inxi / pinxi 2.9.00 beta testers!
techAdmin
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I've been working the last few months on the new inxi 3.0.0 release, which is a massive change.

Change one is inxi is moving from Gawk->Bash to Perl 5.x. Tested on Perl 5.08 to current 5.26. Design requirements remain the same: inxi 3.0.0 must run on everything anywhere no matter how old, which for Perl means 5.08 is the oldest realistic Perl release.

For development purposes, inxi 2.9.00 is called pinxi, so that inxi and pinxi can be run next to each other easily on the same system. I refer to bash/gawk inxi as binxi to avoid confusion.

To download and run pinxi:
:: Code ::
wget -O /usr/local/bin/pinxi https://github.com/smxi/inxi/raw/inxi-perl/pinxi
chmod +x /usr/local/bin/pinxi


Once installed, you can update to latest patch release: pinxi -U

inxi-perl branch home page:
https://github.com/smxi/inxi/tree/inxi-perl

I have only a few things more to do, so I thought I'd get some beta testers, if any are around, now.

Unlike other projects who release the new major version in a raw alpha state condition, pinxi won't be released as inxi 3.0.0 until it is at least feature complete and bugless re inxi 2.3.56.

Note that essentially everything in pinxi has been changed, it's much faster than binxi, from around 50% to 400%, depending on the feature being run and the hardware.

it's also maintainable, and debuggable, which binxi is not. I'd received a few issue reports for various features that I literally could not do with the convoluted data structures I had to use to make gawk talk to bash, but those were fairly easy to resolve in Perl.

All the basic args are the same, plus they all have long forms now, and there are several new options, like --slots (pci slots); --usb, along with more customizable features, and better configuration options.

One of the biggest problems with binxi was the line width logic, which was just a bad hack that was super hard to do, the new pinxi has very smart width handlers, and also uses some space optimizations for narrow screens, so 80 column widths 'just work'.

To give an idea of the speed difference of the line printers, you can run

:: Code ::
time inxi --help
real   0m1.537s
user   0m0.828s
sys   0m0.529s

vs
time pinxi --help
real   0m0.382s
user   0m0.337s
sys   0m0.071s


I may do some more internal speed optimizations, I did a lot earlier in the process, and I may do more once I have the stuff feature complete.

Note the following:

pinxi will support json/xml output options, the internal data logic is there, but the output feature isn't built yet.

pinxi will support language packs, for much of its output strings, that's been designed in, but is not yet implemented, mainly because I want to stabilize the key/value sets so I know what the translator would need. Basically people interested in providing such language support would use a template language.pl file, which would have all the values possible to translate. Pinxi was designed from the start with this potential in mind, something that was totally impossible to do with binxi.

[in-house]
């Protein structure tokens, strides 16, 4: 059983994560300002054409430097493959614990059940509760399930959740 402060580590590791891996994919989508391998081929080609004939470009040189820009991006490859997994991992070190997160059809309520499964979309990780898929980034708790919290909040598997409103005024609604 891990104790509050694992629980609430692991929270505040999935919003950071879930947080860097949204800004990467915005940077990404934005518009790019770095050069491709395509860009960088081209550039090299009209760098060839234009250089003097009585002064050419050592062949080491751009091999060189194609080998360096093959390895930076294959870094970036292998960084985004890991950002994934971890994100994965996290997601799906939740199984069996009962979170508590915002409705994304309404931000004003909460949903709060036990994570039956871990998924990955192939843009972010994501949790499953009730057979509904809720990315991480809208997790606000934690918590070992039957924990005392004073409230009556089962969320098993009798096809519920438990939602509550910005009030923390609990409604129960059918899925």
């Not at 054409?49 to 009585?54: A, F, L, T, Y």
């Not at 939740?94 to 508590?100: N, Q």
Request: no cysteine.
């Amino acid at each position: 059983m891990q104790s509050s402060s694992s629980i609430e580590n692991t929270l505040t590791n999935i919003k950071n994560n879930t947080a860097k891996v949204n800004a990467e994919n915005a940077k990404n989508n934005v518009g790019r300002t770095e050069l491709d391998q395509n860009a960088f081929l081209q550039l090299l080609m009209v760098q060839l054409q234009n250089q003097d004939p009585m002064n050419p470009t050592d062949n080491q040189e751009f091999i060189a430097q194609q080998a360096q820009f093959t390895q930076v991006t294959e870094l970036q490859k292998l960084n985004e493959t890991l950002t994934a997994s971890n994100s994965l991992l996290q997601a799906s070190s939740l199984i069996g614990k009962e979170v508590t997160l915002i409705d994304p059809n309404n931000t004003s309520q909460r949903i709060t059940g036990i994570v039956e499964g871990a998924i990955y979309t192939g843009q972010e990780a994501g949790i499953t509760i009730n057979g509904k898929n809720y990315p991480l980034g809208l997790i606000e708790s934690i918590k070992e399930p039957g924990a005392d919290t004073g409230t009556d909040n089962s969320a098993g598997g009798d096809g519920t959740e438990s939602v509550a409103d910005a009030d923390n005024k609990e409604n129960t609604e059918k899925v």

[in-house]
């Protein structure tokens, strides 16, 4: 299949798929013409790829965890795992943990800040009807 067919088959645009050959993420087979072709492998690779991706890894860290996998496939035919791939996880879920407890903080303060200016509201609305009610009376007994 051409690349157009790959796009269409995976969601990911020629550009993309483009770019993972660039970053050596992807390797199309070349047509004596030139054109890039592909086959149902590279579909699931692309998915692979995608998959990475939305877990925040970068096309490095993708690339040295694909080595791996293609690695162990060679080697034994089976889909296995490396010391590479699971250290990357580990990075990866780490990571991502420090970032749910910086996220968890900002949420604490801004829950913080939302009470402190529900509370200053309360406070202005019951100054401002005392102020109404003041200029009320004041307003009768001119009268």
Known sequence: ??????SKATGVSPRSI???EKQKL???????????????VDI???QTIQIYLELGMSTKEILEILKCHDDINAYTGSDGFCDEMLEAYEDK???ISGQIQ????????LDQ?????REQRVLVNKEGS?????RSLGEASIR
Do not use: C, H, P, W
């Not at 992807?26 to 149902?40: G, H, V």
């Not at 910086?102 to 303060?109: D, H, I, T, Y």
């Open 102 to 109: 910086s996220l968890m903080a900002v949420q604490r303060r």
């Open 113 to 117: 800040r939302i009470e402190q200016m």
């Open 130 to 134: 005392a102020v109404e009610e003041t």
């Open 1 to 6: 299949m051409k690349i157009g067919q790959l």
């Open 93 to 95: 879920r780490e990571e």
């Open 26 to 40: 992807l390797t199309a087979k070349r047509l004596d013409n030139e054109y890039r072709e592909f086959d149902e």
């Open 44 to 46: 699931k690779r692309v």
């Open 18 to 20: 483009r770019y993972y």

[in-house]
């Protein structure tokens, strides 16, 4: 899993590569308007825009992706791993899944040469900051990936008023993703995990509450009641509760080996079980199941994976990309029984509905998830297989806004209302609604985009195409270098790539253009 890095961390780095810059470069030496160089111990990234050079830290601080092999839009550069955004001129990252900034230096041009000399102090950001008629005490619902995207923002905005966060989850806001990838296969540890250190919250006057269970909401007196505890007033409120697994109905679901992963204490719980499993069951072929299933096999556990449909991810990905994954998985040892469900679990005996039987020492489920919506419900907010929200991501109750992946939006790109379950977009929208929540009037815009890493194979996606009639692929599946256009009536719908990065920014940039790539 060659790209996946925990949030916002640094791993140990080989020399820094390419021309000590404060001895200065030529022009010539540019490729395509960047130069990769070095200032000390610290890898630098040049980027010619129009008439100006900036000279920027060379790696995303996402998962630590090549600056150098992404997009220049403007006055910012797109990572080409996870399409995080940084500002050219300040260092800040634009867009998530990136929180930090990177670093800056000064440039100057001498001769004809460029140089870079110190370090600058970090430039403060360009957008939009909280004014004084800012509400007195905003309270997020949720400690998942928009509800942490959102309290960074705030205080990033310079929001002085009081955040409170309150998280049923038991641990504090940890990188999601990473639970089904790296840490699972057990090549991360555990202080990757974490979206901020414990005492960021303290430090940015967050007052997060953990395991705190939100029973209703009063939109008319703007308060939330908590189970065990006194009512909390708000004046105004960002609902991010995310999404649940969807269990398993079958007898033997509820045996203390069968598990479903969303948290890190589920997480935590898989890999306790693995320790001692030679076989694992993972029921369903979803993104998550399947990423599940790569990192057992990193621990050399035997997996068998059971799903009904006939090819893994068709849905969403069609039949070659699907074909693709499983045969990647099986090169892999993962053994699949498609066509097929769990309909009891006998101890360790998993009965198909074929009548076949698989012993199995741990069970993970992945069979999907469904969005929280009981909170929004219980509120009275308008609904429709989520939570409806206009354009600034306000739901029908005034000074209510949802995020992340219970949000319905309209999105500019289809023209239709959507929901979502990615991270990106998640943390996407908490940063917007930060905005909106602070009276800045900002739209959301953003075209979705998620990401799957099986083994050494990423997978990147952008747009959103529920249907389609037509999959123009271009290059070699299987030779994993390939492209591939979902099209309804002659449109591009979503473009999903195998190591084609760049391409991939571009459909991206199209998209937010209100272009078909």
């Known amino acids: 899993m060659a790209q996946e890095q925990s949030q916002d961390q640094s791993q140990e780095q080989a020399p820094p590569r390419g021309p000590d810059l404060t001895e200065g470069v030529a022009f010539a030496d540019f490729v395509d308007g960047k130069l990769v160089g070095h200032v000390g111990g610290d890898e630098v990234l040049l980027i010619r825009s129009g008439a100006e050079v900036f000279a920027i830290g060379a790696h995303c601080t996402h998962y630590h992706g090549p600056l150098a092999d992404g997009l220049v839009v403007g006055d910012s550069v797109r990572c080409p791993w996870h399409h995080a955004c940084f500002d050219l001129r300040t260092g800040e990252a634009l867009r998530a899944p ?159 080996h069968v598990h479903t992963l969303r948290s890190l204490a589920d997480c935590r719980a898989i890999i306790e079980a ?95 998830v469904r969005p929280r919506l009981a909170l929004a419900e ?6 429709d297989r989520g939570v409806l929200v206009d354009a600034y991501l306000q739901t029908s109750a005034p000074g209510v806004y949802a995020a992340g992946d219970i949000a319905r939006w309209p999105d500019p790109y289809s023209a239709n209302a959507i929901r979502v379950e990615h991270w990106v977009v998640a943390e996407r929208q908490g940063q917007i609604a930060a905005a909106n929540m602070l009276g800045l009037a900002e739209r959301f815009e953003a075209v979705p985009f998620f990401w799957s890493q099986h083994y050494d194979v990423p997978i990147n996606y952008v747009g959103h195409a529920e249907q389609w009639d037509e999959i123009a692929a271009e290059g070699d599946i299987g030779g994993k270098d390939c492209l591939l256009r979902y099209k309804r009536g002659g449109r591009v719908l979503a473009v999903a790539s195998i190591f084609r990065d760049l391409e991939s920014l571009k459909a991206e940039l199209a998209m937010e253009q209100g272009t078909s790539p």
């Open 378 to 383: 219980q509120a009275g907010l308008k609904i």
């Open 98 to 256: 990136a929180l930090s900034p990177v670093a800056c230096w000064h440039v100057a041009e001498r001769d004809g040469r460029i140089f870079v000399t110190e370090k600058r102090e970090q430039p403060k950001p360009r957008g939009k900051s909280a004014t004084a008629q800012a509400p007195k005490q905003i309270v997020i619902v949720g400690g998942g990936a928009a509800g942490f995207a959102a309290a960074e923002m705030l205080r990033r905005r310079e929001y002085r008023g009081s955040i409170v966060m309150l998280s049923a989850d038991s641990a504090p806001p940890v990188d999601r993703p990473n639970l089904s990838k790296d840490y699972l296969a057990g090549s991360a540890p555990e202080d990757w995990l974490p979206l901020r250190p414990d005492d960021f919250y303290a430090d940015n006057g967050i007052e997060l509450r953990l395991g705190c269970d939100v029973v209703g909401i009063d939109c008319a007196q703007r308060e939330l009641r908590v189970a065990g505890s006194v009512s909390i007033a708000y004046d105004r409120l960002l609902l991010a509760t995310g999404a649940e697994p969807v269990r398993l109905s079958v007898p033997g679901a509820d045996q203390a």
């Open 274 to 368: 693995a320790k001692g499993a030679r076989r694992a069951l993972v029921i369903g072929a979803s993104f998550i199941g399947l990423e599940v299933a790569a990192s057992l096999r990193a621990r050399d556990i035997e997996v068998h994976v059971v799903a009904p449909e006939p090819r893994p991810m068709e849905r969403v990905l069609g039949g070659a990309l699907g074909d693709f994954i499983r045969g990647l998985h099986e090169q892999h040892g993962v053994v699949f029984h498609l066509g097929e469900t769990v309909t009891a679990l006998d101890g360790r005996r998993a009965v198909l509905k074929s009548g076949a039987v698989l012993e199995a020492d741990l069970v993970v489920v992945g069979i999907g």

Main signs of bugs:
A spray of 'undefined $val1' errors. I have left this in on purpose because it shows me where I've failed to properly test data being sent to the printer. That error will occur right before the line, and you'll probably see a blank item in one of the values for the keys of that line, which would tell me where the error happened.

The debugger is likewise enhanced.

Visually the main difference you'll see is most places where data was appended like key: something (extra) the (extra) has been moved to a dedicated key value pair, so it would be like so: key1: something key2: extra

This is required for reasonable json / xml output, plus it's more clear.

All actual bugs will be show stoppers for the 3.0.0 inxi release, since I will follow the debian stable strategy of fixing all bugs before, NOT after, release, which is the way all software should be released in my opinion.

I've tested this on FreeBSD so most issues are resolved, but I don't have full access to bsds, can't for example read dmesg.boot data so there's a real restriction on what I can test for and debug.

BSD support is significantly enhanced, and all features have at least stubs for possible future bsd support. I've also discovered that at least OpenBSD and DragonFlyBSD support non root battery, sensors, and hardware data. Those stubs will be completed at some point, but since none of that works now in binxi, I don't consider those show stoppers, though I may end up fixing them if I can get access to bsds that have those values in sysctl -a or from some other source.

As always, feedback, issues, bugs, all are appreciated. My goal is to have a seamless pinxi -> inxi release.